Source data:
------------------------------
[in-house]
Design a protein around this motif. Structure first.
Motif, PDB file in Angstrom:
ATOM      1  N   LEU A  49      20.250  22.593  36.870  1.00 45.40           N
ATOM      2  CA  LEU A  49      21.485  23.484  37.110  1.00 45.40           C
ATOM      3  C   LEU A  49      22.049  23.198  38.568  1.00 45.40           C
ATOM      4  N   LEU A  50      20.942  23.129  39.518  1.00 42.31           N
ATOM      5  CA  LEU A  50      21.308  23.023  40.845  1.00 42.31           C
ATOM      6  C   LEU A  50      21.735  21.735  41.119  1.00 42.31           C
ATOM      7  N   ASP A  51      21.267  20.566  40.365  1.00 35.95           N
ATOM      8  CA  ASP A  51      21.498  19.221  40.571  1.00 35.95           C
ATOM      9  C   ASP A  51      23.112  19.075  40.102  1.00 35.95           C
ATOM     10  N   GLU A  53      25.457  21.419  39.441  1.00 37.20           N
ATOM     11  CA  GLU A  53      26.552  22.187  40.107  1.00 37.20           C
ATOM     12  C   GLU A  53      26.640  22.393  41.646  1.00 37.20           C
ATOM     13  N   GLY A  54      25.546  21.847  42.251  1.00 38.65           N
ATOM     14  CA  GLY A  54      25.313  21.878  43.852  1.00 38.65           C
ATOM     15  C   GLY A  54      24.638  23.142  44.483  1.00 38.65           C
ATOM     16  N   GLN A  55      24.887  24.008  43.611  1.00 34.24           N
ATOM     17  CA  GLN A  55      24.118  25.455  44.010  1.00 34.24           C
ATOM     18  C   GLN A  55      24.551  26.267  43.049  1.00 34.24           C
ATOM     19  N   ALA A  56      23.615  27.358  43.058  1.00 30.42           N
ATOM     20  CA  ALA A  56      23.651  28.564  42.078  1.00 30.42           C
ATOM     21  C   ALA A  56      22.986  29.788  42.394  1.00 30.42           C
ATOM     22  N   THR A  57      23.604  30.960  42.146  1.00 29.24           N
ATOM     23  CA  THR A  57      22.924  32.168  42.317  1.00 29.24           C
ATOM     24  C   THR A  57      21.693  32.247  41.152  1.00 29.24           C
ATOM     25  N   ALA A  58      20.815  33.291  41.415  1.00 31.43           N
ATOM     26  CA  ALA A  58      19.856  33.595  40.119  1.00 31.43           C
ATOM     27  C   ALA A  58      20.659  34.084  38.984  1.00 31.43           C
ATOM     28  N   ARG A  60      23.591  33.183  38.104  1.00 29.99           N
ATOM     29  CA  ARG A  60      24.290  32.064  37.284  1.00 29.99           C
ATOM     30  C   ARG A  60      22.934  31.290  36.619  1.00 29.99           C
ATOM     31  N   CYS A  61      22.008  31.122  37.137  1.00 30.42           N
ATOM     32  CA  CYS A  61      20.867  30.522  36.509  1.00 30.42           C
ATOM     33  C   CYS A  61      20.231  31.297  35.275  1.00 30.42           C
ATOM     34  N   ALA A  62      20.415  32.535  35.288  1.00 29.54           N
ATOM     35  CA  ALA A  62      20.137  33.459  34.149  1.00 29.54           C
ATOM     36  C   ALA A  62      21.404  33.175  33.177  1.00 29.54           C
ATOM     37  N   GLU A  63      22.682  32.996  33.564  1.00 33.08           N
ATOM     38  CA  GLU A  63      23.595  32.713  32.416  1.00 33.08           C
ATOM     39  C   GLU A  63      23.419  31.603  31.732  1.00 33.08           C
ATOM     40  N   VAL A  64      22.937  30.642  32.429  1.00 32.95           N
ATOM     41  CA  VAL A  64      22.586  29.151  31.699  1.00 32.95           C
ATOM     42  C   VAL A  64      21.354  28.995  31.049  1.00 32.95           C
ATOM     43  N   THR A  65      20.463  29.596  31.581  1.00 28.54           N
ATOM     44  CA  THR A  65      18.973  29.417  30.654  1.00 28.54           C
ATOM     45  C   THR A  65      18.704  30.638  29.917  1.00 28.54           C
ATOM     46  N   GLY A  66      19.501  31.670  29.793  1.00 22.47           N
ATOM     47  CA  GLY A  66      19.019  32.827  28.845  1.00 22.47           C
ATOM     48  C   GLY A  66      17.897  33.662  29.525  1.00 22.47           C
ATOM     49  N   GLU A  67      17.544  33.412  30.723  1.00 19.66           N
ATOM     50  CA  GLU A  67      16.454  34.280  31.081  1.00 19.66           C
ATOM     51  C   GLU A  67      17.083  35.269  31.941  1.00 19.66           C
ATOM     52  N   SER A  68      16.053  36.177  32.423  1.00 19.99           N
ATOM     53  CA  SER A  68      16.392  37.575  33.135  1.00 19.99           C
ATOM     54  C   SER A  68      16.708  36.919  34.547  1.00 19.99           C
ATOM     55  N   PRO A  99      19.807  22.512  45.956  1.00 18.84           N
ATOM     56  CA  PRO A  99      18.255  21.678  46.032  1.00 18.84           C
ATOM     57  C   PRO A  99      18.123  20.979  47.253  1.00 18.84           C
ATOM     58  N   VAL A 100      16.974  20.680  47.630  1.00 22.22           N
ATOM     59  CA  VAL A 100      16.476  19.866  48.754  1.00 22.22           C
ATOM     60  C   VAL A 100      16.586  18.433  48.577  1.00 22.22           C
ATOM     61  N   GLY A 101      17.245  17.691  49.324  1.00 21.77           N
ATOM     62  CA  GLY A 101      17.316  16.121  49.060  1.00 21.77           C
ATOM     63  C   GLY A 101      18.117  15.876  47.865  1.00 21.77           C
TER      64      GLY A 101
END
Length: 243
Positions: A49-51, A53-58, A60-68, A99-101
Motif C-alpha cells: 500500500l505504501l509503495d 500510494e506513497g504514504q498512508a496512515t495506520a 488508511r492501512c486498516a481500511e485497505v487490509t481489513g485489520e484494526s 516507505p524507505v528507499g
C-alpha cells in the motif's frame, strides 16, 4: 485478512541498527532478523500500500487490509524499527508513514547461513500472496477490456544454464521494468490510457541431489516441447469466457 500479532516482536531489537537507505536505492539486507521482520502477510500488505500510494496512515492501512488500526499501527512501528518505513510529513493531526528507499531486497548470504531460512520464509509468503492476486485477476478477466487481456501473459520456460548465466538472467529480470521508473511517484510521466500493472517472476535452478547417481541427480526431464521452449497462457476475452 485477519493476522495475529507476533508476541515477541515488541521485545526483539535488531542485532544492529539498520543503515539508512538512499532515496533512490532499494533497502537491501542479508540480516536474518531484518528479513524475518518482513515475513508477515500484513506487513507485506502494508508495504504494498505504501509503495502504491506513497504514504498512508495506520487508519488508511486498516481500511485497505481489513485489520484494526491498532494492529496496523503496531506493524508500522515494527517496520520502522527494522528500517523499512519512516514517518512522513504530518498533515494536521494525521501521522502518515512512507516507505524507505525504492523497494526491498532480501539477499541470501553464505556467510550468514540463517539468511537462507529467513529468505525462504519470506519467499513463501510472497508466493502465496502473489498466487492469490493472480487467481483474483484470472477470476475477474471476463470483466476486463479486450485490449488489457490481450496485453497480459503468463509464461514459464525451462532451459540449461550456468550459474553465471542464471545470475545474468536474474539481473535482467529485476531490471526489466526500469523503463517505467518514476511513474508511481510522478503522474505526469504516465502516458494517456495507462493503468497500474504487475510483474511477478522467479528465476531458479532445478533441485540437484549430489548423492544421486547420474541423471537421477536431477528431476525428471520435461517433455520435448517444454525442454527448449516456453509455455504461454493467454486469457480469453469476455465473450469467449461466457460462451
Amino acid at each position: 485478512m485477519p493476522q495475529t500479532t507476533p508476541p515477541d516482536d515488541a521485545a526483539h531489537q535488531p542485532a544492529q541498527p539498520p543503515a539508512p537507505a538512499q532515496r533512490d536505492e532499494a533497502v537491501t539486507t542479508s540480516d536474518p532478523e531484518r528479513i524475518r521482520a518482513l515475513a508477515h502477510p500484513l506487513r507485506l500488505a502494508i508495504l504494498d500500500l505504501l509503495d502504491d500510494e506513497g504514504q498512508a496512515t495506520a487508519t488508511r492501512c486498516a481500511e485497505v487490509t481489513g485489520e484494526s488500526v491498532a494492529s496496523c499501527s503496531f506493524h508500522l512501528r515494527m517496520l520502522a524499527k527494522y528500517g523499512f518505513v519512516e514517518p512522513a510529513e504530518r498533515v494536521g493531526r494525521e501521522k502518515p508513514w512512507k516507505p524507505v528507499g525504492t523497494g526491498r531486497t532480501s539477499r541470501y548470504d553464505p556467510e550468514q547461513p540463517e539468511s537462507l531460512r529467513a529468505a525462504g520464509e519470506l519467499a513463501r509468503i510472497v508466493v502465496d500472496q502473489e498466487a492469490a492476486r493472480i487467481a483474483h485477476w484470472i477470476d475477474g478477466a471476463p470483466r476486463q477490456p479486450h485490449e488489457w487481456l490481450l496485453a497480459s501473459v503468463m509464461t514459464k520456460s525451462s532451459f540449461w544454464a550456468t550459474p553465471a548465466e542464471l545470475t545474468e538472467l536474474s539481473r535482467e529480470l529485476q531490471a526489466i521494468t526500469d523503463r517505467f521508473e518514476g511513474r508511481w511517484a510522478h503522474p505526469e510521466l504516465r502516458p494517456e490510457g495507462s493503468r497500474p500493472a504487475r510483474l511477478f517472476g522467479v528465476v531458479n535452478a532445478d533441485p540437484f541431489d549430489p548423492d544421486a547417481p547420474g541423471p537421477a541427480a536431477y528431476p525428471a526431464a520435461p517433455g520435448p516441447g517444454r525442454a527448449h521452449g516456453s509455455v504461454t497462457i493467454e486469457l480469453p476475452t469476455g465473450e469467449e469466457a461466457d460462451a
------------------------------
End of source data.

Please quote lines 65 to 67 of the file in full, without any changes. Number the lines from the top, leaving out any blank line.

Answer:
ATOM     62  CA  GLY A 101      17.316  16.121  49.060  1.00 21.77           C
ATOM     63  C   GLY A 101      18.117  15.876  47.865  1.00 21.77           C
TER      64      GLY A 101